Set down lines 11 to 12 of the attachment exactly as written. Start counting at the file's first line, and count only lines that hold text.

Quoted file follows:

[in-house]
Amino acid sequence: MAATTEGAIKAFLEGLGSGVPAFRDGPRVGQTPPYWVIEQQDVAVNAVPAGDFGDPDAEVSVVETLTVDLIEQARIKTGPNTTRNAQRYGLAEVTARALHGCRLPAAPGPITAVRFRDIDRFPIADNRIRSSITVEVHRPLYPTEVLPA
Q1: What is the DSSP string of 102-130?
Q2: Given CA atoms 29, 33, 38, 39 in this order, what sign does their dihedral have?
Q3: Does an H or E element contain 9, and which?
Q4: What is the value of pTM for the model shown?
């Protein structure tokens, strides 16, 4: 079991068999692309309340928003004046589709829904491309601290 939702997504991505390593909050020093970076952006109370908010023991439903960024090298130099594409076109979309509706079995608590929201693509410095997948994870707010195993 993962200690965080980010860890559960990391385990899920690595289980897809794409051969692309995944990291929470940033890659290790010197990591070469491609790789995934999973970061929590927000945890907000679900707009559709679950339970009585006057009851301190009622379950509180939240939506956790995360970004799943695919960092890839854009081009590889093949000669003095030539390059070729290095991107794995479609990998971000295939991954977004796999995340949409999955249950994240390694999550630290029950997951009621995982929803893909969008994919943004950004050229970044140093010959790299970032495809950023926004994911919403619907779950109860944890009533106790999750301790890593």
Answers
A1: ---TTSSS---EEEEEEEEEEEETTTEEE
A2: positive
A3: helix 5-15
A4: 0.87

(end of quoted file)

A3: helix 5-15
A4: 0.87